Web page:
CASINO

Hainan’s dormant cashless casinos ordering baccarat tables

TAGs: China, Hainan

hainan-cashless-casino-baccaratThose ‘cashless casinos’ on China’s island province of Hainan are reportedly gearing up for a comeback, although Beijing may yet have other plans.

On Monday, Bloomberg reported that “at least five” Chinese-owned resorts on Hainan were prepping “entertainment bars” featuring casino-like games that pay out winnings in credits that could only be redeemed for non-gaming amenities at the resorts.

Similar ‘cashless’ gaming parlors were launched on Hainan around five years ago, but these were quickly shut down after international media reports brought them mainstream attention. With the exception of state-run lotteries, casinos in Macau and the Hong Kong Jockey Club, gambling remains illegal in China.

In February, Beijing announced plans to allow Hainan to offer horseracing (but not race betting) and expanded lottery operations as part of a plan to boost tourism. While analysts were quick to dismiss the likelihood of legalized casinos on the island, a local court recently overturned a ruling against a cashless casino, a development that other analysts suggested would not have transpired without Beijing’s approval.

Monday’s Bloomberg report quoted iGamiX consultant Ben Lee, who has longstanding relationships with Hainan resort operators, saying the firms were “positively excited about the changes that appear to be coming through soon.”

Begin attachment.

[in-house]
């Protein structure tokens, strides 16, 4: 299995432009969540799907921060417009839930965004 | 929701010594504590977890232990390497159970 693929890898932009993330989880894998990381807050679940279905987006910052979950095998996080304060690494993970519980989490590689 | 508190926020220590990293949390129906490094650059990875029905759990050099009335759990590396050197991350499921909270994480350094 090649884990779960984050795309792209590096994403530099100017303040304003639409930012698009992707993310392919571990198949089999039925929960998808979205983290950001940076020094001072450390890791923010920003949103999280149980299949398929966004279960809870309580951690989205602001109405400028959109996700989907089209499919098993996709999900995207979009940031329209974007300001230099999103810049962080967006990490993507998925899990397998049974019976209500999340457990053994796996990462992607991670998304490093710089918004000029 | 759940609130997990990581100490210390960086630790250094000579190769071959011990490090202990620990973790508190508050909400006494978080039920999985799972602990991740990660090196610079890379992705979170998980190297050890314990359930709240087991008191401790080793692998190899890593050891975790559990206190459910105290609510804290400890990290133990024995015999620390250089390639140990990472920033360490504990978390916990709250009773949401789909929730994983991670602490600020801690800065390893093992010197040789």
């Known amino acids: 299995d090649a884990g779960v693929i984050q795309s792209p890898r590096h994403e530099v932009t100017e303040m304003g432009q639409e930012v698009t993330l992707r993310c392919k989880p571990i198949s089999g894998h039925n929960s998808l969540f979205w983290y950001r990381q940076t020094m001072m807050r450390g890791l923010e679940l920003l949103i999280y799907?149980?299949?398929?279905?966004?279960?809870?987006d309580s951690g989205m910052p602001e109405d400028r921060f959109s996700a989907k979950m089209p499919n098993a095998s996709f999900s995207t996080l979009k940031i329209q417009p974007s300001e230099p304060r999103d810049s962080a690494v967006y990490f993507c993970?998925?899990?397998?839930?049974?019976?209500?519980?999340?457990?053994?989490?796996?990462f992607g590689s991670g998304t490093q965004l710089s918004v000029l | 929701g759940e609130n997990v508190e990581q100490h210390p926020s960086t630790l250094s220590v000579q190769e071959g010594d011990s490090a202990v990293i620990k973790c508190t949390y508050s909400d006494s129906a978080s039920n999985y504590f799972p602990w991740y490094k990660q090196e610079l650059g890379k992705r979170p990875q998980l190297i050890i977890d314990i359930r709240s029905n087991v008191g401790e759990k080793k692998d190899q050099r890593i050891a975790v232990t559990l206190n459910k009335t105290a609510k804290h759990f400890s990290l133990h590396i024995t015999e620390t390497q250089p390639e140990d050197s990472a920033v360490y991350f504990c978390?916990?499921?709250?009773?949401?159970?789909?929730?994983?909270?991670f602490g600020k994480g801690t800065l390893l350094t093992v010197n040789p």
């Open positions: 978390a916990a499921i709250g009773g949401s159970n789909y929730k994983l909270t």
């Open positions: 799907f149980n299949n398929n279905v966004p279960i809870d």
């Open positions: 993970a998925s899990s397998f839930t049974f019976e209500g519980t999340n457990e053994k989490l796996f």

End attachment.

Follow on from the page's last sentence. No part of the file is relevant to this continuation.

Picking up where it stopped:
Echoing this view was Liu Feng, director of the Hainan Normal University Free Trade Port Research Center, who claimed Hainan’s companies and businessmen shared an expectation for “looser policies and a more open business environment” to boost the island’s international tourism appeal.

Other Bloomberg sources claimed the resorts were contacting suppliers of baccarat tables and drawing up blueprints to convert ballrooms into gaming floors. The resort owners reportedly had informal talks with Hainan officials in recent months regarding the potential changes.

The expectation is that, should Hainan’s cashless casinos be allowed to proceed and eventually given the approval to convert to real-money play, they would remain small-stakes affairs catering to mass market tourists. The theory appears to be that keeping stakes small would alleviate concerns over money laundering and capital flight that plague Macau’s casino industry.

However, it was only last month that Liu Cigui, Secretary of the Hainan Provincial Committee of the Communist Party of China, said it was imperative that Hainan steer clear of “prostitution, gaming and drug dealing,” so who knows what’s what anymore.

Meanwhile, the expanded lottery concept is already being tested by a company with ties to provincial and central governments. The Hainan International Tourism Island Sports and Gaming Entertainment Project is an online version of the cashless casinos’ points-based gaming model and allows punters to buy wagering credits via AliPay or WePay payment processing services.

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